The art of seeing—and being seen is something our culture prizes. We direct our gaze to that which we find desirable, delicious, arousing but also unbelievable and repulsive. We are the Looking People, always reading, watching, observing, comparing, searching for the best view.
We’re a people who seek to be seen also. Despite critical tendencies and the litany of body-image complaints—our gyms, malls and homes are mirrored not to develop our humility—but self-admiration. Oh, this isn’t to say we’re content with all we see—we are practiced complainers, but still we look.
We are not only preoccupied by our physical image but also our histories, our possessions, even the accomplishments of those close to us. Look what I have. Look what I’ve done. See who I know. See me.
And we should see.
And we need to be seen.
But even seeing needs interpretation because vision problems abound.
Do you wear glasses or contact lenses? Most eyesight issues are refractive in nature. The human eye is designed to bend light, imprinting images on the retina for the brain to decode. But if the eye is bad and unable to bend light—vision is blurry, darkened. Corrective lenses bend the light instead, so vision is focused, illuminated. The Word of God does this too.
In Genesis 16 we learn of Hagar and her need to be seen. I imagine her as a young and radiant Egyptian beauty--mostly because she was Sarai’s first choice for her husband’s progeny. Hagar is seen by Sarai. “Behold now, the Lord has prevented me from bearing children. Go in to my servant; it may be that I shall obtain children by her.” And Abram listened to the voice of Sarai. Genesis 16:2
Note how Sarai demands Abram see her affliction, “Behold!” she cries. And Abram looks but his gaze goes beyond his wife to the slave girl. And like Eve—mother of all, Abram sees that Hagar is good and a delight to the eyes and he desired a child which it seemed only she could provide. And he listened to the voice of his wife and knew another woman.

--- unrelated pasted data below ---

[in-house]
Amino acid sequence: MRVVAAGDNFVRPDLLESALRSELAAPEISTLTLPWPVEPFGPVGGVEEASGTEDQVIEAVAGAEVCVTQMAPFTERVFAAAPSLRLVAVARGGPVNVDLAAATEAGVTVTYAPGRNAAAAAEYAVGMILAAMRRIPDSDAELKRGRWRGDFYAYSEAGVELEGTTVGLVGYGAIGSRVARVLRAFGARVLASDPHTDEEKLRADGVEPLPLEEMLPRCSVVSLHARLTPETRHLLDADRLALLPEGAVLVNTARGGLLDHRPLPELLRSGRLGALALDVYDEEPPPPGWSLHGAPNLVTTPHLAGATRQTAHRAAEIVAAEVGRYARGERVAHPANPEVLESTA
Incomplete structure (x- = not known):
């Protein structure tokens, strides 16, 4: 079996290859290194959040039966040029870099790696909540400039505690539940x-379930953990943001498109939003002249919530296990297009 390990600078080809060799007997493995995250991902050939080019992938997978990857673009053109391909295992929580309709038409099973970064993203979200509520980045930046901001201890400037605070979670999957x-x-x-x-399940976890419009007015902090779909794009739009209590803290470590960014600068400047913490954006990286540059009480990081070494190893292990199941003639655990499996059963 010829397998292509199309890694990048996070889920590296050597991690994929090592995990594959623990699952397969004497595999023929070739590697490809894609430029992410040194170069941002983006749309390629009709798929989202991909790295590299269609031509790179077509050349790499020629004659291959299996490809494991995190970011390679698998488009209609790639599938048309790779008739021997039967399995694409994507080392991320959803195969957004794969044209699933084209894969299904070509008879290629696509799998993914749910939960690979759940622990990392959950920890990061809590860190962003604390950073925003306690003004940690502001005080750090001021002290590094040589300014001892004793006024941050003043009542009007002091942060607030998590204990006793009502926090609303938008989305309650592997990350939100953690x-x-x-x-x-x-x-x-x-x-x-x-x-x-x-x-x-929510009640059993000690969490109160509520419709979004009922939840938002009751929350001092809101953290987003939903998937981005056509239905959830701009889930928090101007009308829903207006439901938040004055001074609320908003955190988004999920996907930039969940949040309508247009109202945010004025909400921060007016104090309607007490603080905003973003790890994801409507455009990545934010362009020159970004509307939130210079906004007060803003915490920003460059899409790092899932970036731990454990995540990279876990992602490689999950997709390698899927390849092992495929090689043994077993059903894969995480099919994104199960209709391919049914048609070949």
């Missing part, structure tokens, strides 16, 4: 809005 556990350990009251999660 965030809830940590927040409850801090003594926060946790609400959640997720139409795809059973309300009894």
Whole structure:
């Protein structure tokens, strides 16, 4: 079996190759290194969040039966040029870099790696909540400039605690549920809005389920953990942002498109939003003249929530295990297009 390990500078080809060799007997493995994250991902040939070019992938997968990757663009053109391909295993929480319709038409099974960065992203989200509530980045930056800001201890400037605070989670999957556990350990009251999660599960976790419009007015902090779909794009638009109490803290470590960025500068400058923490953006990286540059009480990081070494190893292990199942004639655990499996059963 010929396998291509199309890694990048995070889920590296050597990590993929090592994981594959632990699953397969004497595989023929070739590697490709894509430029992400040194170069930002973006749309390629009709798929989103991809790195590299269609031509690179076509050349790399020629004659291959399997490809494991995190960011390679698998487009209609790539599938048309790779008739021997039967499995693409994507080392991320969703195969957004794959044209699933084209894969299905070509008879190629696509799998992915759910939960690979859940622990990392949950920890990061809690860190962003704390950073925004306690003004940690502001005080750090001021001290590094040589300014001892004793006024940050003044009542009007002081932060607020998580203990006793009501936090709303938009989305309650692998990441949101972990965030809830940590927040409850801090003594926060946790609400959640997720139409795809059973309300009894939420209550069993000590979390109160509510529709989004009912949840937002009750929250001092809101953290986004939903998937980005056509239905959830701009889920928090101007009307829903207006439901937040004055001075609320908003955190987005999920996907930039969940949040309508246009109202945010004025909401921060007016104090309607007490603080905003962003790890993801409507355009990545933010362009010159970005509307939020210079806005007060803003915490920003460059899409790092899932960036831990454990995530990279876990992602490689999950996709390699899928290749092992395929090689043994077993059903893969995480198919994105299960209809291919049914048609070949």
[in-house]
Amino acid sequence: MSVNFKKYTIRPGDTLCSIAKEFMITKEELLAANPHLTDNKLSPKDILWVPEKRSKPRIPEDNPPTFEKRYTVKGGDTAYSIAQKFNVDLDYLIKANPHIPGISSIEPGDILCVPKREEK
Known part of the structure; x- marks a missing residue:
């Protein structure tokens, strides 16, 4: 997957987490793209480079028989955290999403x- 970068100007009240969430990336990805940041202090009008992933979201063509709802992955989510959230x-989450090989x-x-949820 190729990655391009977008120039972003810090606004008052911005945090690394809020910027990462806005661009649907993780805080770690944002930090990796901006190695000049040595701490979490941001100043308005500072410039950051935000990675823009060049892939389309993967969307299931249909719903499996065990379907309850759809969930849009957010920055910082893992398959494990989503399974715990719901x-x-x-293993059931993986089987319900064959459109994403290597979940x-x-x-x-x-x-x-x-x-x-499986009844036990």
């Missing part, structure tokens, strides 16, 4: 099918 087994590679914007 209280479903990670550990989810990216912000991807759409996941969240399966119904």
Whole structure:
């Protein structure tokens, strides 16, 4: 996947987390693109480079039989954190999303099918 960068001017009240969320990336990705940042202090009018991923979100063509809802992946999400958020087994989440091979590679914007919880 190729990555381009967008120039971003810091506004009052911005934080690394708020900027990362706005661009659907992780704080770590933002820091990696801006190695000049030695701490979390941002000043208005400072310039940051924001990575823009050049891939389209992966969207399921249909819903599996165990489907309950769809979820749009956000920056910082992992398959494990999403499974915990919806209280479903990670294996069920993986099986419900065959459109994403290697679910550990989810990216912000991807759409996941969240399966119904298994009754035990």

Now Hagar is seen and known intimately by her master. And she conceives, feels special and does a little looking of her own. “And when (Hagar) saw that she had conceived, she looked with contempt upon her mistress.” Genesis 16:4
Newly pregnant and enjoying fresh honor the slave girl attempts to invert the hierarchy by throwing shade on her older, barren mistress. Oh no, says Sarai and she makes the girl's life hellish. Scripture says Sarai dealt “harshly with her” and it was so bad Hagar ran to the wilderness to escape. She had been seen by man and it went badly, now Hagar just wanted to be invisible.
There’s at least three lessons here:
Graciously and maybe ironically, it is Abram’s God who finds the discarded woman. We learn in Genesis 16:7 “The angel of the LORD found her by a spring of water in wilderness, the spring on the way to Shur.”
Where have you come from Hagar and where are you going? She tells him. Return and submit to your mistress. You are pregnant with a son—call him Ishmael. He’ll be wild, but I have plans for him and you too.
The wonder is too great to contain. Yes, she’s told to return to Sarai and yes, her son will be handful, but God saw her, saw her and that takes precedence overall.
She called the name of the LORD who spoke to her, “You are a God of seeing. Truly I have seen him who looks after me.” Genesis 16:13
El Roi. The God who sees.
More than a decade later Hagar is celebrating with her master and mistress at Ishmael’s brother’s weaning feast. It’s a happy and heady time. God has made a covenant with the Abrams and changed their names. They’ve sustained and added to their great wealth. And now, a baby son. Isaac. The child of promise. The son of the free woman. And in this celebratory season Hagar makes a crucial error. She laughs.